Let me back up for a moment and ask you a different question. Who do you think was right in this situation? Here’s a recap of the contention. P & B were about to take off on a second missionary journey. B wanted to take John Mark with them, but P objected that JM had bailed on them in the middle of their first missionary trip. Back and forth the argument went: take JM or leave him behind?
If you’re wired to be highly relational, you probably concluded while reading this story that B was right in wanting to give JM a second chance. And P was being a task-oriented jerk. But if you put a high value on accomplishing the mission, you probably agreed with P that JM’s previous abandonment of the cause disqualified him for the next trip.
So, who was right and who was wrong? Here’s what I found so surprising: the Bible doesn’t say! Dr. Luke (the author of Acts) just tells us that: “They had such a sharp disagreement that they parted company. Barnabas took Mark and sailed for Cyprus, but Paul chose Silas and left, commended by the believers to the grace of the Lord” (Acts 15:39, 40).
If Paul was being hard-headed and uncharitable in his behavior toward JM, I don’t think he would have received such a positive send-off from the church. So his decision to take a pass on JM must have been cool with everybody. On the other hand, Barnabas’ willingness to take JM under wing was hugely redemptive. We know, from other passages in the New Testament, that JM eventually came around—thanks to B’s mentoring—and later proved to be a valuable ministry partner even to the apostle Paul! (See II Timothy 4:11.)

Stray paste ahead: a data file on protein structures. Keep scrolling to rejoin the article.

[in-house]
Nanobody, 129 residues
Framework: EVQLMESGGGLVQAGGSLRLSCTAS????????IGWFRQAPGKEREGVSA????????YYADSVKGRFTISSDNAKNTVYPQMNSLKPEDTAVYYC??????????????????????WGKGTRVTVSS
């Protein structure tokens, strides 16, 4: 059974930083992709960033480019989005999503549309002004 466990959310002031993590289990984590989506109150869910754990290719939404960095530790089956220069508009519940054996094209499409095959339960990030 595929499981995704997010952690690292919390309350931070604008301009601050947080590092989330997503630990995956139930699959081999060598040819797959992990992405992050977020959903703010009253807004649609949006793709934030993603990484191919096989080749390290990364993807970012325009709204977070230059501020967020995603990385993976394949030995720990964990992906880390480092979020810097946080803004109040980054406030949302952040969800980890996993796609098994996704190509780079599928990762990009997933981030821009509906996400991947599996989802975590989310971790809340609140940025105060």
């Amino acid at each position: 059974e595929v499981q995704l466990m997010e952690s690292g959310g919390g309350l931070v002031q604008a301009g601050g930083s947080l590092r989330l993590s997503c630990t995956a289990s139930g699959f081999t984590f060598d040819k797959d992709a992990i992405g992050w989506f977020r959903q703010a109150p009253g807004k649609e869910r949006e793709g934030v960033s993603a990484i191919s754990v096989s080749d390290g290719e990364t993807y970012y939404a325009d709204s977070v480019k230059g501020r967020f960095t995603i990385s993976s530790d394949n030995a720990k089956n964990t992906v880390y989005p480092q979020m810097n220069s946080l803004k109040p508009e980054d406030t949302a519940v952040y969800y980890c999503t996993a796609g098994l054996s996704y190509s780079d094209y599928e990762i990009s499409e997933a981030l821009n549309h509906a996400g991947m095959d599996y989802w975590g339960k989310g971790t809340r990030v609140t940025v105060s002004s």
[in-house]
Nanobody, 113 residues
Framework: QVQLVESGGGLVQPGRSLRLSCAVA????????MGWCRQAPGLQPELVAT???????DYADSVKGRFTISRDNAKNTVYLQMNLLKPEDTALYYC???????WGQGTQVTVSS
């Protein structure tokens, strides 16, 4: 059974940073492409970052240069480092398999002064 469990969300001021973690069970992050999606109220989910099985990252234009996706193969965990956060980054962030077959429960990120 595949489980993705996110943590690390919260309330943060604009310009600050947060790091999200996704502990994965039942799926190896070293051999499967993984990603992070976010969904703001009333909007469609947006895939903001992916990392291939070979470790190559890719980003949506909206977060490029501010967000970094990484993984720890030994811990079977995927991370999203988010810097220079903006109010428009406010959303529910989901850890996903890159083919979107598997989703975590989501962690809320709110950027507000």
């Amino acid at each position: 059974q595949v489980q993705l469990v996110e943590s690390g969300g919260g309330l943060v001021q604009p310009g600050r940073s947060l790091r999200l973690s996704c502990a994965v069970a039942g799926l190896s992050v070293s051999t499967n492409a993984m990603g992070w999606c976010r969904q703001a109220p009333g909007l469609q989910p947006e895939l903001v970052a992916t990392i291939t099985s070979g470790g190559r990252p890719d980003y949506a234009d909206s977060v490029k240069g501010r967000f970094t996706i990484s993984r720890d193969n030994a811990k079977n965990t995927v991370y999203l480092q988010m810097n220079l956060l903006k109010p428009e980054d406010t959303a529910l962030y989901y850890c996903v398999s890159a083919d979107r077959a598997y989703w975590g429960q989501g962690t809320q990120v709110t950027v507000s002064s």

What’s my point in rehashing this incident? What did God teach me from this contentious disagreement that never got resolved? Maybe I need to chill more in settings where important issues are being hotly debated. Maybe I need to let go of my bent to determine who’s right and who’s wrong. Maybe it’s OK (i.e. not a relational crisis) when everybody doesn’t end up on the same page. Just a thought…
The story of Dr. Agassiz and the fish is no doubt one you’ve heard before. But it makes such an important point about the power of observation that I’ll briefly recap it here. Agassiz was a biology professor who taught at Harvard in the 1800s. He would regularly begin a new semester by placing a dead fish in front of his students and asking them to make as many observations about it as possible. Then he would leave the classroom…for the rest of the period.
The next day Dr. Agassiz would do the same thing, with the same dead fish and the same group of students. In fact, he would repeat this exercise each class period for an entire week. Most students felt that they had seen all there was to see after the first five minutes of looking at the fish. But with nothing else to do but continue to observe it, they were surprised to discover more and more about it.
The goal of this blog—as the tagline reads—is to help you move from text to life. I encourage you to follow Scripture Union’s daily Bible reading schedule, to make as many observations from each passage as possible, and to craft an application from one of those observations that you could put into practice in your life. (This overall four-step Bible study method is called COMA and stands for: Context–> Observations–> Message–> Application. You’ll find it spelled out in my book, Walk.)